It is a bit ironic that a band paying tribute to South African Jazz is performing at a former police station, but there is nothing ironic about the Royal Swazi Spa and their loving, enthusiastic, honest approach to music. Initiated by the now legendary duet of pianist Howard Belling and drummer Brian Abrahams (their credentials inevitably seem like name-dropping: Ray Charles, Sarah Vaughan, Ronnie Scott, Abdullah Ibrahim – you get the picture) who effectively breached Apartheid restrictions, in order to make music together, the band took its name from the eponymous hotel in Swaziland, where they performed on a regular basis. Now based in Melbourne, the Royal Swazi Spa continue to offer a rare insight on the rich, wonderful signature sound of South African Jazz. The current line-up includes Nick Lester on sax, Dave Marama on the guitar and Howard Belling’s own talented offsprings, bassist Zvi and vocalist Fem, which gives the band an added feature – that of a family affair. On Saturday they have a concert at the Kew Court House (the former prison mentioned in the beginning) and Fem Belling would like you to be there. As if there’s a way to say no to her.
How does your work with Royal Swazi Spa fit in with your other artistic endeavours?
South African Jazz was the music I grew up on; by default, I feel it influences a huge part of my musical choices. The band plays sporadically, so it is a real treat when it does. On occasion, we do a stripped back version of tunes in my quintet.
How would you describe your music to someone not familiar with it?
Music that makes your soul smile. A melting pot of African artists combine to pay homage to the infectious music of the history of South African jazz and township music.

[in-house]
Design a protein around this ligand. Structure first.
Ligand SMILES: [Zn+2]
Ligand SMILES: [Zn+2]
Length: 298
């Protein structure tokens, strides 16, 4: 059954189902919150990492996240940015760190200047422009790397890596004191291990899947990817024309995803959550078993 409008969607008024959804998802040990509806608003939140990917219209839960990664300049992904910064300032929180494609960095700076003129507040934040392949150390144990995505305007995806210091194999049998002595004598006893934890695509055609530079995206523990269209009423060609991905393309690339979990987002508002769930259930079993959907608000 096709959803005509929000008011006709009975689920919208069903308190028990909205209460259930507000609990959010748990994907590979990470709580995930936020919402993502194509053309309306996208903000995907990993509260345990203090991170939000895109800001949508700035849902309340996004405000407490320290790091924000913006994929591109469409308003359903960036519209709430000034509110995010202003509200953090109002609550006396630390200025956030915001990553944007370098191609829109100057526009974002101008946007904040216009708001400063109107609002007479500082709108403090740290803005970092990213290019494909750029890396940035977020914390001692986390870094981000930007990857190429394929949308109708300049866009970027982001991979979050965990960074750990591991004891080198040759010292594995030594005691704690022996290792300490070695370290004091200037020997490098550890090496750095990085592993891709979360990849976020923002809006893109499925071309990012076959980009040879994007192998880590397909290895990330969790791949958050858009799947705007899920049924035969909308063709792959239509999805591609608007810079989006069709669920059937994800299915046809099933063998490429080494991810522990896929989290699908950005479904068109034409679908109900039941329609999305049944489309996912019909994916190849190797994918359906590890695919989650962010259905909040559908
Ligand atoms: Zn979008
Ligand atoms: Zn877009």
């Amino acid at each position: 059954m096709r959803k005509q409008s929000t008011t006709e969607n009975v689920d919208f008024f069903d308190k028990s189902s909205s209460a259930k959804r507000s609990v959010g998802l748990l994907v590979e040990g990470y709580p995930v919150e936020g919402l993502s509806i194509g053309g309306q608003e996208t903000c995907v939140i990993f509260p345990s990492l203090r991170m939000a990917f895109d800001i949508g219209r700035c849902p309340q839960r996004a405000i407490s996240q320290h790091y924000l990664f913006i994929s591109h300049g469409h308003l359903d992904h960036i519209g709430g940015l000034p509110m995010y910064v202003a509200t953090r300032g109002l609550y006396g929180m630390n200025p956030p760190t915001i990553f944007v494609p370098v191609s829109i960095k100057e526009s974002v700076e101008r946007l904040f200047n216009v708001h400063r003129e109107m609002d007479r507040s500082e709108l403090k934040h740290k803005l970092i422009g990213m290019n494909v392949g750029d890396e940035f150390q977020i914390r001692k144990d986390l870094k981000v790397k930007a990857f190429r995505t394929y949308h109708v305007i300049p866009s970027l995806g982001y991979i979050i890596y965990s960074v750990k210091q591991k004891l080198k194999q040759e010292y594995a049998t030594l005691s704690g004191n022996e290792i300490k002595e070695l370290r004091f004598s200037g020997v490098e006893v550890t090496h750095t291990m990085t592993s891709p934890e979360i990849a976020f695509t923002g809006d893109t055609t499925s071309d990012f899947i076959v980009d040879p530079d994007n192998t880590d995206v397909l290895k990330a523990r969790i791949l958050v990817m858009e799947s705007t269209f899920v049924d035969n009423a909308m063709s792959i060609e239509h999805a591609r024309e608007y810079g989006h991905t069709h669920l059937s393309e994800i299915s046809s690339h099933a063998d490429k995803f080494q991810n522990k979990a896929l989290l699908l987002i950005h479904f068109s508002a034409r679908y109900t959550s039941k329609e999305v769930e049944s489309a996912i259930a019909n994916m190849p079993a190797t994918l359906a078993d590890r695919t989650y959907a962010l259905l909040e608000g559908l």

There are political undertones to the Royal Swazi Spa story; how does this legacy ‘translate’ to the current political context?
As Fela Kuti said, “music is the weapon of the future.” The music we play is steeped in respect for the sound of oppression coming out of the townships of south Africa during the Apartheid regime. Music was a central feature of the urban culture that developed in Johannesburg; It was centred on beer-brewing and shebeens (illegal bars).
Jazz was an emotional means of resistance and the Apartheid government realised this, so in the 1960s they began to censor radio stations, threaten artists, and ban songs, hence marking the beginning of an era of repression that lasted for 30 years.
Jazz music should always be a medium for freedom of speech against regimes and political acts that see abhorrent treatment of humans. Sadly, today this is as relevant as it was then.
What has the highlight of the Royal Swazi Spa been so far?
Performing a live stream at Nelson Mandelas funeral was a poignant and emotional day for the band. My first eligible election was South Africa’s 1994, first democratic election in years and I stood in a queue with the rainbow nation and cast my vote for Madiba. I am so honoured for this band to been part of his salute.
What is the single most important thing that you have learned from your father?
I learned how to drive a car, I learned a few wonderful (read terrible) puns and most extraordinary, I learned the magic of music. And still to this day I get to create melody and harmony with him.
If you could pick any artist to work with the Royal Swazi Spa, who would that be?
Oh wow – I phone a few of the band members for this one. We have Vusi Mahlesela, Manu Dibango, Siya Makuzeni to name a few.
What is your aspiration for the band’s future?
To continue to make wonderful music and maintain this incredible genre through hommage and original tunes.
What would you say to invite someone to the Kew Court House concert?
Turn the TV off, grab your coat and come see some live South African music (on your doorstep). You will be smiling all week.
Which song best describes your current state of mind?
With the current tumultuous political scene in South Africa and its corrupt president, Jacob Zuma, it would have to be ‘Soweto Blues’.